Intestinal amoebiasis, differential diagnosis

on 18.1.09 with 0 comments

The intestines may contain several species of harmless commensal amoeba. Differentiation with these other, non-pathogenic amoebae is important; they include:

  • Iodamoeba butschlii: mononuclear cysts, big glycogen supply

  • Entamoeba hartmanni: small cysts with four nuclei

  • Endolimax nana: smaller round or oval cysts with 2-4 nuclei (measuring 6-12 m) and slow-moving trophozoites (L.: limax = slug)

  • Entamoeba coli: larger cysts containing 1, 2, 4 or 8 nuclei

  • Entamoeba dispar is a special case (see above)

In dysentery it is important to distinguish between bacillary and amoebic dysentery since their treatment is completely different. A diagnosis may be made clinically, but it is best to confirm this by microscopy as there is partial clinical overlap of the two diseases. Balantidium coli is a pathogenic ciliate which can cause severe colitis.

This illness is very similar to intestinal amoebiasis and the diagnosis can only be made by coprologic examination. Treatment is with tetracyclines. Pseudomembranous colitis is caused by infection with toxicogenic Clostridium difficile. These bacteria can be selected out and can proliferate after administration of certain antibiotics.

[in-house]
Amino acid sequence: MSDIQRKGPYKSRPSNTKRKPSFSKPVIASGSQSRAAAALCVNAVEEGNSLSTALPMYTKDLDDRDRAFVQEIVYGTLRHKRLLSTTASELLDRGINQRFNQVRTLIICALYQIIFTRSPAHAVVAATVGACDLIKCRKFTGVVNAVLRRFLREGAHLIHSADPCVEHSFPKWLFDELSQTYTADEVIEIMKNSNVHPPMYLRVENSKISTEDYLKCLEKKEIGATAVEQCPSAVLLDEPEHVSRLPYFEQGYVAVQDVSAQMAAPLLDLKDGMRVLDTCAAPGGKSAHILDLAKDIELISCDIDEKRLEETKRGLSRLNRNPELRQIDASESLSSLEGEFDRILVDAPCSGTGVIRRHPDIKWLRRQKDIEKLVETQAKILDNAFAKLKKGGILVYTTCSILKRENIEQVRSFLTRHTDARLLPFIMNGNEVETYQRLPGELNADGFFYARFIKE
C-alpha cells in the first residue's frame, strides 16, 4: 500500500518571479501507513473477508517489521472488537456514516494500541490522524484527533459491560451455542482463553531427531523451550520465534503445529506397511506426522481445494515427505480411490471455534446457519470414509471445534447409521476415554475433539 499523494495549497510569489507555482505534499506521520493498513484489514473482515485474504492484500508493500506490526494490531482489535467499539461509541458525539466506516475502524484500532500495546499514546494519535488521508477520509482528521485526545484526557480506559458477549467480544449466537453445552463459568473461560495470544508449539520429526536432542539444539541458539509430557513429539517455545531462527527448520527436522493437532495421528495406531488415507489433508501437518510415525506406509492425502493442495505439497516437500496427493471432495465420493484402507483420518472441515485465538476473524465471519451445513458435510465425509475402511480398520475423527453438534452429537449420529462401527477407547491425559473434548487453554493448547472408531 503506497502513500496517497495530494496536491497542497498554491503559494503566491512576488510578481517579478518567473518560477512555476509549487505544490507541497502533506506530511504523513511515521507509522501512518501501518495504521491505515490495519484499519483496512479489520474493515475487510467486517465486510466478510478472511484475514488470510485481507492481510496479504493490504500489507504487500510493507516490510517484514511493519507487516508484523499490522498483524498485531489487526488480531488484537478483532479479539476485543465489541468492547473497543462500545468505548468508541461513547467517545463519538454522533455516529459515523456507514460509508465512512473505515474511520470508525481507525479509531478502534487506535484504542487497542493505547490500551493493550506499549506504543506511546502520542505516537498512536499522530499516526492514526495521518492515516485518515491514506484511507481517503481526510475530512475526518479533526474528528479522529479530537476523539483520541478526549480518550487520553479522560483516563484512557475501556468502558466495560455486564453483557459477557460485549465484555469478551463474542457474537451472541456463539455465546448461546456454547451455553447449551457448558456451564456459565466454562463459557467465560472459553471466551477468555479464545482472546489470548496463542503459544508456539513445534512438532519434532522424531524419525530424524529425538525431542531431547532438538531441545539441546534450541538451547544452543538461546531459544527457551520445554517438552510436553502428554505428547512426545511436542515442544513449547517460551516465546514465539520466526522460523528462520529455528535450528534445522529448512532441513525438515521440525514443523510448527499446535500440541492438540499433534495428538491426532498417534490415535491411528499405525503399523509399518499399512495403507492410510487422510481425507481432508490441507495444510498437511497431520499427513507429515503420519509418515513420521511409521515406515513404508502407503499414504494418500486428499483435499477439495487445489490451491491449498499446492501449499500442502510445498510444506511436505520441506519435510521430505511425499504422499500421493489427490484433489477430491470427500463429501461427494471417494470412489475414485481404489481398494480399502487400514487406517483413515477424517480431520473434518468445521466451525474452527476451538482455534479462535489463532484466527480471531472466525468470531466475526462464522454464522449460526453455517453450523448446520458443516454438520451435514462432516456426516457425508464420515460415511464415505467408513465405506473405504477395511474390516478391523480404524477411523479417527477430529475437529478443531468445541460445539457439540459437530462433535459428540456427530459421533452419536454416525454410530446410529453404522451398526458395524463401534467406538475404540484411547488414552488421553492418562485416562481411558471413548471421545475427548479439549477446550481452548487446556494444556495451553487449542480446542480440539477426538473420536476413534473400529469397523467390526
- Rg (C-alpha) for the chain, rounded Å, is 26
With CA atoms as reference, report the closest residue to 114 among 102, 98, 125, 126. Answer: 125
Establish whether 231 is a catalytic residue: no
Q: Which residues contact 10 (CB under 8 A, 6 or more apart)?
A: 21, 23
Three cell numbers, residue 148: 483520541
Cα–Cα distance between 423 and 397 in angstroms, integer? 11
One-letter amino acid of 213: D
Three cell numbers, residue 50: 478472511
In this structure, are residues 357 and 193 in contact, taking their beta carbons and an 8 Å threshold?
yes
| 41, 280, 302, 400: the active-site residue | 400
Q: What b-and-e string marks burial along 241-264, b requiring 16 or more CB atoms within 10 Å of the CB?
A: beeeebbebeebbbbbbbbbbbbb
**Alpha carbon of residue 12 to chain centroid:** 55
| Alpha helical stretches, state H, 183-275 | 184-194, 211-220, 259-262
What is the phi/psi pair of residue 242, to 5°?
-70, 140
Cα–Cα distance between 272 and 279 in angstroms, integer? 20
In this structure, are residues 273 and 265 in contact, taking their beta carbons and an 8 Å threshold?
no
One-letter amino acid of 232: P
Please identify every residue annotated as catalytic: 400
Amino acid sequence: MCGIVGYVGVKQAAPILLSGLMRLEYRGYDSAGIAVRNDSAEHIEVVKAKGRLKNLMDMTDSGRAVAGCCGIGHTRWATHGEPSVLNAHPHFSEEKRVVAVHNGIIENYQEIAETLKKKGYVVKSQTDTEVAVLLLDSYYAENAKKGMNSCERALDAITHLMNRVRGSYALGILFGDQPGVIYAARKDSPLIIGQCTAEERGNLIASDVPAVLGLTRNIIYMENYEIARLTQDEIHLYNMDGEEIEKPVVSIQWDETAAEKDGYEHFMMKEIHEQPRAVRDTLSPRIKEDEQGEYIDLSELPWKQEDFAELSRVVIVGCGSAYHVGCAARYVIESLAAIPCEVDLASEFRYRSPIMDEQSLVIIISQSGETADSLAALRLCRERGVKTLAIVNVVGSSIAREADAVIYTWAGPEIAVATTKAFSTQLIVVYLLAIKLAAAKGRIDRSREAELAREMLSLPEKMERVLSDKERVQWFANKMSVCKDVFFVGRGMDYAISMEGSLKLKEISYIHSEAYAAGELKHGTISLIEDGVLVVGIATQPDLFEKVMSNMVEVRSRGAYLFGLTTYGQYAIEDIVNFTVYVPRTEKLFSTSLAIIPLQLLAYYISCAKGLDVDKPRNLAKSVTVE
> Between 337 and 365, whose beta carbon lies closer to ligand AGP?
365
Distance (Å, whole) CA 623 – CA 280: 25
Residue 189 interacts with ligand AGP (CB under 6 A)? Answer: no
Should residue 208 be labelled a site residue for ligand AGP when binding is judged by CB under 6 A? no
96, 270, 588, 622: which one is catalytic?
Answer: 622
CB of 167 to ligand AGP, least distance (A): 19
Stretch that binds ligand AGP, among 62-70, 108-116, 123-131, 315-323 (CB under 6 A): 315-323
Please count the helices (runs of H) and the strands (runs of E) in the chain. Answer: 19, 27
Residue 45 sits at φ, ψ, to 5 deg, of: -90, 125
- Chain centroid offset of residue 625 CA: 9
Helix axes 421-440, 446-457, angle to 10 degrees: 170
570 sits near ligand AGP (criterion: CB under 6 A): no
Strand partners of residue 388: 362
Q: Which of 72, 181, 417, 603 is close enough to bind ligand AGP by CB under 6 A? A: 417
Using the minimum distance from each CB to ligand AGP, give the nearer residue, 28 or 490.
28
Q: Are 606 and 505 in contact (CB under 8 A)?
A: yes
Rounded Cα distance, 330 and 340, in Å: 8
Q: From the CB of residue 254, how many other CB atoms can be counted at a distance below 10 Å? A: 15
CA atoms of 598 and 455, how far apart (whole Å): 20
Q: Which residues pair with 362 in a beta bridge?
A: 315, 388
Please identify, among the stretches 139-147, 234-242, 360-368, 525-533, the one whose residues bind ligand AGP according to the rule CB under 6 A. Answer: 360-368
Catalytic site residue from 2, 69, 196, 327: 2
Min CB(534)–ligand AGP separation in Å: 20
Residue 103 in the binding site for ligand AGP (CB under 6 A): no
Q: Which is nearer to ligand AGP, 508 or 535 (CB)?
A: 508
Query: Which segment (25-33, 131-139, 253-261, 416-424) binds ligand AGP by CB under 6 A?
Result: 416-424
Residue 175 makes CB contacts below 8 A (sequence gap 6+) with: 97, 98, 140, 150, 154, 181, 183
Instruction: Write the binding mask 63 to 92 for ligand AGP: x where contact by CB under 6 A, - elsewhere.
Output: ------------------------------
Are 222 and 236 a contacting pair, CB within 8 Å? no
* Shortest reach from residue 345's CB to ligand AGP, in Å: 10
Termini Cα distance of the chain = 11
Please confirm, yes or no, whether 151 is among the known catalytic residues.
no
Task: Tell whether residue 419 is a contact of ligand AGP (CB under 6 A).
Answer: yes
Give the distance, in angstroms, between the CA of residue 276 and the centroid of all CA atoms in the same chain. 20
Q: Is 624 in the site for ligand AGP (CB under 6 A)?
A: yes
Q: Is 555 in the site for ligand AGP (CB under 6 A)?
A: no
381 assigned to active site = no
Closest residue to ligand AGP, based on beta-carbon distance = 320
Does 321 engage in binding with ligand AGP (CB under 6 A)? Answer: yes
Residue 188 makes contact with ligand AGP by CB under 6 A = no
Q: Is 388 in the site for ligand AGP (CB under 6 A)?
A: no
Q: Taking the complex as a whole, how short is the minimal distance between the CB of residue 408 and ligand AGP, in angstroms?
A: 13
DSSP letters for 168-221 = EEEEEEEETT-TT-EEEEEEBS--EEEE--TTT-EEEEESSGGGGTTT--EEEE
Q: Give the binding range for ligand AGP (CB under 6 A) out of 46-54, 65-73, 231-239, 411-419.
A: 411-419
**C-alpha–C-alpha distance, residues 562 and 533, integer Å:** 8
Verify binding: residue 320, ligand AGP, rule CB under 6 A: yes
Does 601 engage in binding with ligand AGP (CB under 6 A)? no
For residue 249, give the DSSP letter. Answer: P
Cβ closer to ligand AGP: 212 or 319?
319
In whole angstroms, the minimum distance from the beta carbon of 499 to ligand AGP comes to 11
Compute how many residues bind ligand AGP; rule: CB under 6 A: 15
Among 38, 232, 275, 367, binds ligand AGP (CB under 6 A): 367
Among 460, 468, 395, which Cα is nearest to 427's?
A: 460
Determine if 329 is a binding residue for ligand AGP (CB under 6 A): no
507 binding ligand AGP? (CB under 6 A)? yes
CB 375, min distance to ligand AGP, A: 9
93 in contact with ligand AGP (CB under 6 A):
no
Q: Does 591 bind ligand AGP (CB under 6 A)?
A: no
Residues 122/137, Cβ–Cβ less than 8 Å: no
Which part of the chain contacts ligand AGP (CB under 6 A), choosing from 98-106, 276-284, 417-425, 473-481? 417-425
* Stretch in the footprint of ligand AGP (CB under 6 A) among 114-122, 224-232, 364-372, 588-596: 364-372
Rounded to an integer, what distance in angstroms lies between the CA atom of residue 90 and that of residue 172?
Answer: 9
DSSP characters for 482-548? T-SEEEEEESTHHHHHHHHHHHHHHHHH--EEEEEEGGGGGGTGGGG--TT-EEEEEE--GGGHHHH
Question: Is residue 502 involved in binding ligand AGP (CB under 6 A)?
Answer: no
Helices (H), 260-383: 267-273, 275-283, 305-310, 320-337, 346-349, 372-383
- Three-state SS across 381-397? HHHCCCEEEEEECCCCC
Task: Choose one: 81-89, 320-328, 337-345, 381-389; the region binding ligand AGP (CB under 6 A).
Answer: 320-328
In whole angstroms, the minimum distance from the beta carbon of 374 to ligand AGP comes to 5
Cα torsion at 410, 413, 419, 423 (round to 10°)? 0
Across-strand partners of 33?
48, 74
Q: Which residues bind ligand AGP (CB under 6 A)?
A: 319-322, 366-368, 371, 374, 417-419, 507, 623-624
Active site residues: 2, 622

Metronidazole is a good treatment in this case. Vancomycin is equally effective, but will not be given in third world countries in view of its high cost. A related bacterium, Clostridium perfringens, can cause necrotising colitis (necrotic enteritis, Pigbel syndrome). This disorder has an acute course and is very severe. Sometimes gonococcal proctitis can be confused with amoebiasis. There are then no proximal intestinal lesions and culture of the mucus provides a diagnosis. Crohn’s disease and ulcerative colitis are rare in the tropics. Radiology and biopsies are essential for their diagnosis.

Category: Medicine Notes



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